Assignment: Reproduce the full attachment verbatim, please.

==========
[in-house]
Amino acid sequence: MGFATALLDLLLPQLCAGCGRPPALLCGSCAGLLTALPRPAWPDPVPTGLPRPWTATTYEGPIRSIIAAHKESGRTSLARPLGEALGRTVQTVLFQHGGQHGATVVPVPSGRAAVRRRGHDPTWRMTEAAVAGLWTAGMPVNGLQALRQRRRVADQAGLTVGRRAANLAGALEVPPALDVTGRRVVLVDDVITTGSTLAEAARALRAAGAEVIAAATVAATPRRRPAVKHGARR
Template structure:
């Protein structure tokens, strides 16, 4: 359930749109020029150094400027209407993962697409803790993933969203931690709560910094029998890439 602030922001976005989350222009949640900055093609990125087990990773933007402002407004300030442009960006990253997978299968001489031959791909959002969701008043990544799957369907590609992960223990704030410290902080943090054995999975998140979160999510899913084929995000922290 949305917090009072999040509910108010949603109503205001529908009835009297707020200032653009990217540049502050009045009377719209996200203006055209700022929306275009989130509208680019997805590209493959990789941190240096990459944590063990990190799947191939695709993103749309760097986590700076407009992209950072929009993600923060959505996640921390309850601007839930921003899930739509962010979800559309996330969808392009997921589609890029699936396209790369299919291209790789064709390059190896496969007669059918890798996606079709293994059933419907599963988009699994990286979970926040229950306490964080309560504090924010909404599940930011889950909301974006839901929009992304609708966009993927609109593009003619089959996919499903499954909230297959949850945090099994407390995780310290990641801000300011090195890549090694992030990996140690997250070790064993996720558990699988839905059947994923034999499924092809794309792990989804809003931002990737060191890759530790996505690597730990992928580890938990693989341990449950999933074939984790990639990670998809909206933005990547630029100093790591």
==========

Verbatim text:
[in-house]
Amino acid sequence: MGFATALLDLLLPQLCAGCGRPPALLCGSCAGLLTALPRPAWPDPVPTGLPRPWTATTYEGPIRSIIAAHKESGRTSLARPLGEALGRTVQTVLFQHGGQHGATVVPVPSGRAAVRRRGHDPTWRMTEAAVAGLWTAGMPVNGLQALRQRRRVADQAGLTVGRRAANLAGALEVPPALDVTGRRVVLVDDVITTGSTLAEAARALRAAGAEVIAAATVAATPRRRPAVKHGARR
Template structure:
């Protein structure tokens, strides 16, 4: 359930749109020029150094400027209407993962697409803790993933969203931690709560910094029998890439 602030922001976005989350222009949640900055093609990125087990990773933007402002407004300030442009960006990253997978299968001489031959791909959002969701008043990544799957369907590609992960223990704030410290902080943090054995999975998140979160999510899913084929995000922290 949305917090009072999040509910108010949603109503205001529908009835009297707020200032653009990217540049502050009045009377719209996200203006055209700022929306275009989130509208680019997805590209493959990789941190240096990459944590063990990190799947191939695709993103749309760097986590700076407009992209950072929009993600923060959505996640921390309850601007839930921003899930739509962010979800559309996330969808392009997921589609890029699936396209790369299919291209790789064709390059190896496969007669059918890798996606079709293994059933419907599963988009699994990286979970926040229950306490964080309560504090924010909404599940930011889950909301974006839901929009992304609708966009993927609109593009003619089959996919499903499954909230297959949850945090099994407390995780310290990641801000300011090195890549090694992030990996140690997250070790064993996720558990699988839905059947994923034999499924092809794309792990989804809003931002990737060191890759530790996505690597730990992928580890938990693989341990449950999933074939984790990639990670998809909206933005990547630029100093790591």